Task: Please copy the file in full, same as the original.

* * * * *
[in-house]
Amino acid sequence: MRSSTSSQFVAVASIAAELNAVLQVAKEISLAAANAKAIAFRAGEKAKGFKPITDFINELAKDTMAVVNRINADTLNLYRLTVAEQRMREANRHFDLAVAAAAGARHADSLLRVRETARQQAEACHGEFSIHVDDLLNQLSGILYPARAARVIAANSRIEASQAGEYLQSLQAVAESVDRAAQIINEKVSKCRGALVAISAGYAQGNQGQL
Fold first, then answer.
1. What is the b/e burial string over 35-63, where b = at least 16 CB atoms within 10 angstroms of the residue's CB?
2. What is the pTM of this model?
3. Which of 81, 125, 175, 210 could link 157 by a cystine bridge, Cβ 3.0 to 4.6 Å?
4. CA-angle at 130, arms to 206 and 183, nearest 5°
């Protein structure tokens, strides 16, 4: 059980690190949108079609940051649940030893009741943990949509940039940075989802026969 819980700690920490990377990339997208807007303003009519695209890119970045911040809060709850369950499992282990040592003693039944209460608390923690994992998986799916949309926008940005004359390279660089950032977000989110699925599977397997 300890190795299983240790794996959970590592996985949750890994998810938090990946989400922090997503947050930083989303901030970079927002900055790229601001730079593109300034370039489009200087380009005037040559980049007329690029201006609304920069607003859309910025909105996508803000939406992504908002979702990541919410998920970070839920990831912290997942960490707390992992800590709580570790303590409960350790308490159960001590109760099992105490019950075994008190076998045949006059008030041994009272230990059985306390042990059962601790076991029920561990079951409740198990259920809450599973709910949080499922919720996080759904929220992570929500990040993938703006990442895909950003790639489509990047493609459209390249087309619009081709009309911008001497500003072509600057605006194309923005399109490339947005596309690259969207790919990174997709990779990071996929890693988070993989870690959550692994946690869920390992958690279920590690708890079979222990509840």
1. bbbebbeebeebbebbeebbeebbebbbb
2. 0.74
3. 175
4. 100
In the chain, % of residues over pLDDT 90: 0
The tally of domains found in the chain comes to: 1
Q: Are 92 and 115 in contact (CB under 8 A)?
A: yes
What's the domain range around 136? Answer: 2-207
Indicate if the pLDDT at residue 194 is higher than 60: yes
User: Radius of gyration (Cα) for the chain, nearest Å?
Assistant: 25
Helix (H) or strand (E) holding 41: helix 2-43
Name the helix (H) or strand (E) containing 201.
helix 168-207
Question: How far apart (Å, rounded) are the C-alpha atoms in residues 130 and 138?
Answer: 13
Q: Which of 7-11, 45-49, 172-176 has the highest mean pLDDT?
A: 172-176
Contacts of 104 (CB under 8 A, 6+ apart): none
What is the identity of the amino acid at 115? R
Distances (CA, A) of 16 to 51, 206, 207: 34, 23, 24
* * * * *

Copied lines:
[in-house]
Amino acid sequence: MRSSTSSQFVAVASIAAELNAVLQVAKEISLAAANAKAIAFRAGEKAKGFKPITDFINELAKDTMAVVNRINADTLNLYRLTVAEQRMREANRHFDLAVAAAAGARHADSLLRVRETARQQAEACHGEFSIHVDDLLNQLSGILYPARAARVIAANSRIEASQAGEYLQSLQAVAESVDRAAQIINEKVSKCRGALVAISAGYAQGNQGQL
Fold first, then answer.
1. What is the b/e burial string over 35-63, where b = at least 16 CB atoms within 10 angstroms of the residue's CB?
2. What is the pTM of this model?
3. Which of 81, 125, 175, 210 could link 157 by a cystine bridge, Cβ 3.0 to 4.6 Å?
4. CA-angle at 130, arms to 206 and 183, nearest 5°
């Protein structure tokens, strides 16, 4: 059980690190949108079609940051649940030893009741943990949509940039940075989802026969 819980700690920490990377990339997208807007303003009519695209890119970045911040809060709850369950499992282990040592003693039944209460608390923690994992998986799916949309926008940005004359390279660089950032977000989110699925599977397997 300890190795299983240790794996959970590592996985949750890994998810938090990946989400922090997503947050930083989303901030970079927002900055790229601001730079593109300034370039489009200087380009005037040559980049007329690029201006609304920069607003859309910025909105996508803000939406992504908002979702990541919410998920970070839920990831912290997942960490707390992992800590709580570790303590409960350790308490159960001590109760099992105490019950075994008190076998045949006059008030041994009272230990059985306390042990059962601790076991029920561990079951409740198990259920809450599973709910949080499922919720996080759904929220992570929500990040993938703006990442895909950003790639489509990047493609459209390249087309619009081709009309911008001497500003072509600057605006194309923005399109490339947005596309690259969207790919990174997709990779990071996929890693988070993989870690959550692994946690869920390992958690279920590690708890079979222990509840």
1. bbbebbeebeebbebbeebbeebbebbbb
2. 0.74
3. 175
4. 100
In the chain, % of residues over pLDDT 90: 0
The tally of domains found in the chain comes to: 1
Q: Are 92 and 115 in contact (CB under 8 A)?
A: yes
What's the domain range around 136? Answer: 2-207
Indicate if the pLDDT at residue 194 is higher than 60: yes
User: Radius of gyration (Cα) for the chain, nearest Å?
Assistant: 25
Helix (H) or strand (E) holding 41: helix 2-43
Name the helix (H) or strand (E) containing 201.
helix 168-207
Question: How far apart (Å, rounded) are the C-alpha atoms in residues 130 and 138?
Answer: 13
Q: Which of 7-11, 45-49, 172-176 has the highest mean pLDDT?
A: 172-176
Contacts of 104 (CB under 8 A, 6+ apart): none
What is the identity of the amino acid at 115? R
Distances (CA, A) of 16 to 51, 206, 207: 34, 23, 24